Saturday, October 27, 2007

If only....

Baptist leaders in Texas cannot bring themselves to admit even to themselves the tragedy that they’re allowing to happen. The Baptist General Convention of Texas persists in the delusional belief that local churches might somehow be educated so that they will report clergy sex abuse.

But this delusion has been going on for well over a decade. If only the BGCT puts together a committee…if only the BGCT publishes a brochure…if only the BGCT puts information on its website…. If only this… if only that…but virtually nothing really changes.

There is no “if only….”

With every attempt the BGCT makes, it becomes even more painfully clear that the BGCT has nothing to offer on this subject except more of what has failed in the past and shows no sign of working in the future.

The BGCT fails at this because the most critical problem is denial…and denial is something normal. It’s a normal human response in the face of horror and a very common aspect of human psychology.

It is precisely because denial is such a normal human response that institutions must have systems of accountability that recognize the reality of human denial.

No matter how often the BGCT revises its website or how many brochures it publishes, most churches will not report their own ministers. Church people know that sexual abuse is wrong. But they simply don’t bring themselves to the point of realizing that their own ministers commit abuse. It’s called denial.

Or they tell themselves that maybe it wasn’t the way it seemed, or that it happened just once and so he’s not really a child molester, because after all, child molesters are bad people, and Brother Bill isn’t bad.

Or they tell themselves that, even though it looked bad, they don’t really KNOW exactly what happened (and they don’t really want to know), and so to make everyone more comfortable, they simply allow Brother Bill to move on without ever getting to the bottom of it.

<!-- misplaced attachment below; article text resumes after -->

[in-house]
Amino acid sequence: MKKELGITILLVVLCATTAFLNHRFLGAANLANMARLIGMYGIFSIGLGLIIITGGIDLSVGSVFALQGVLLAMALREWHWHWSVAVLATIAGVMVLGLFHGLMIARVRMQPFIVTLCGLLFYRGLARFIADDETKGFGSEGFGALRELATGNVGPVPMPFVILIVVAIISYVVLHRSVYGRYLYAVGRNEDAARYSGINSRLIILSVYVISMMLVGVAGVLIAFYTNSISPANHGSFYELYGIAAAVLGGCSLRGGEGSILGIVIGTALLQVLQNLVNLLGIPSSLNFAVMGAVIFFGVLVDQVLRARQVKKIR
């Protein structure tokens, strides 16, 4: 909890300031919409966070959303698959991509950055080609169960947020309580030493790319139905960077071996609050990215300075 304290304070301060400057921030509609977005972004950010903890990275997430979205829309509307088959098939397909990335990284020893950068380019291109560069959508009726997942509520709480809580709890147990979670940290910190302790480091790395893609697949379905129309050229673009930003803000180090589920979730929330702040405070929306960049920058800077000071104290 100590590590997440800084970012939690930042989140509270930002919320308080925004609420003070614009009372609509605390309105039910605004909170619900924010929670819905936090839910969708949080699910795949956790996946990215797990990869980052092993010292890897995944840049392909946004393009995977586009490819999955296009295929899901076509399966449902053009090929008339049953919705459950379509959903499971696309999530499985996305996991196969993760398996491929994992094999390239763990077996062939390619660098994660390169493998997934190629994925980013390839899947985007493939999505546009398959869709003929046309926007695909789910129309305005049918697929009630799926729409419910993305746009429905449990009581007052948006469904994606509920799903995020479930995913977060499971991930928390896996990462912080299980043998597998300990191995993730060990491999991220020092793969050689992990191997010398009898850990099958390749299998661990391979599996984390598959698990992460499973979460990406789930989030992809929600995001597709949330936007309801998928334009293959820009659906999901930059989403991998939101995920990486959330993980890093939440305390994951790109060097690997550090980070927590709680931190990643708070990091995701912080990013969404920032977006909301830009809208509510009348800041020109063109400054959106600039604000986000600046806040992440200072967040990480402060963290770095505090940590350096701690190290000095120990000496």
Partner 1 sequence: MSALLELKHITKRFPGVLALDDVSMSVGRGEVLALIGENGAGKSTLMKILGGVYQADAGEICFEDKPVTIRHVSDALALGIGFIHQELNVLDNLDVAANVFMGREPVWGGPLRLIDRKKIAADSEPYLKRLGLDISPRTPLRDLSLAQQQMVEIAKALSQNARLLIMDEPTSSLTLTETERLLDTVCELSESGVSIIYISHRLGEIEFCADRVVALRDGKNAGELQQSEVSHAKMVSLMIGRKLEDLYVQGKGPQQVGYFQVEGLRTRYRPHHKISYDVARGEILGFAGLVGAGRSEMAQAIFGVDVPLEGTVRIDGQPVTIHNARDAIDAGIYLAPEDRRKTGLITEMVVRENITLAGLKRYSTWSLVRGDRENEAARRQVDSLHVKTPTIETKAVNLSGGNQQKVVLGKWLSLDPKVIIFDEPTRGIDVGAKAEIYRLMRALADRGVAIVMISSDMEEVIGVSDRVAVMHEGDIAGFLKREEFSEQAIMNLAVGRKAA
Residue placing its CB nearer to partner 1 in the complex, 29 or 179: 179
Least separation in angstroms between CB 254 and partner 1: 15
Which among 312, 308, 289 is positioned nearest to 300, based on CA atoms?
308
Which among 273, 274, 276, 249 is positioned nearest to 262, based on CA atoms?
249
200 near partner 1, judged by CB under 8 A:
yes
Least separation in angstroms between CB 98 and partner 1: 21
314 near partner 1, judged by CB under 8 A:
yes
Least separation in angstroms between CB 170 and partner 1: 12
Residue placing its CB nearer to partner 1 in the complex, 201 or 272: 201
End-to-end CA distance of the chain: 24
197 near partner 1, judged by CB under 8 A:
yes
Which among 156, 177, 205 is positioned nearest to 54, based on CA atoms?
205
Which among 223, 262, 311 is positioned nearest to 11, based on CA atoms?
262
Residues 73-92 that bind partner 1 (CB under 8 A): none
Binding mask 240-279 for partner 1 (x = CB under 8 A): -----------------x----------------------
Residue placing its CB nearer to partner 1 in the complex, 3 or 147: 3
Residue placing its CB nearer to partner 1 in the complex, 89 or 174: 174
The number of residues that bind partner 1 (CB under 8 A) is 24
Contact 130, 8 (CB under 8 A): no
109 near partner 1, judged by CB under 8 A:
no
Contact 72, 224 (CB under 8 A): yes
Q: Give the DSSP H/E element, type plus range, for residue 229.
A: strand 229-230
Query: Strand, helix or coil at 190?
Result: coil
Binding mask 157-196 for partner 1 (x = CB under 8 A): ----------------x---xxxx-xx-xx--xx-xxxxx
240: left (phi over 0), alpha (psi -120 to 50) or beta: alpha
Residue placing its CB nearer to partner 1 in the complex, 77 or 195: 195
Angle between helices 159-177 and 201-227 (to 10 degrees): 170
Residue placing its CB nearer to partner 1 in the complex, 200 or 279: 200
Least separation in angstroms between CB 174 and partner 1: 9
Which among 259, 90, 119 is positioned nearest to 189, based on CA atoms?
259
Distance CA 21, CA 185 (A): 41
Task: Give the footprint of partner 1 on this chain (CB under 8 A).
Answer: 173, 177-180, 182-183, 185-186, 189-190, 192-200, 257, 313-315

This pattern of denial has been played out over and over again, and BGCT leaders know it. They know that “in the normal scenario” churches “just try to keep it secret.”

Did you get that? “Normal.” So why does the BGCT keep pretending that something outside the normal is going to happen. It almost never does.

“In the normal scenario,” churches do nothing, and because the BGCT provides victims with nowhere else to turn, clergy-perpetrators remain in their pulpits even after victims have tried desperately to report them.

No one would expect Grandma to have to decide whether beloved Uncle Joe molested little Suzy. Her instinct for denial would be too great. Congregations are similar. Typically, they love and trust their minister. They are incapable of objectively considering whether he may have done something so heinous as to molest a kid.

Those who have been victims of clergy sex abuse know and understand this. The BGCT still acts as though it doesn’t.

It’s one thing for churches to engage in denial. But it’s long past time when the BGCT should lift its own veil of denial and exercise leadership. The consequences of its failure are terrible. Perpetrators stay in their pulpits. Additional kids get molested. And adults who try to heal their wounds get re-wounded by churches that “just try to keep it secret.”

The BGCT must move past “if only” and start dealing with reality.

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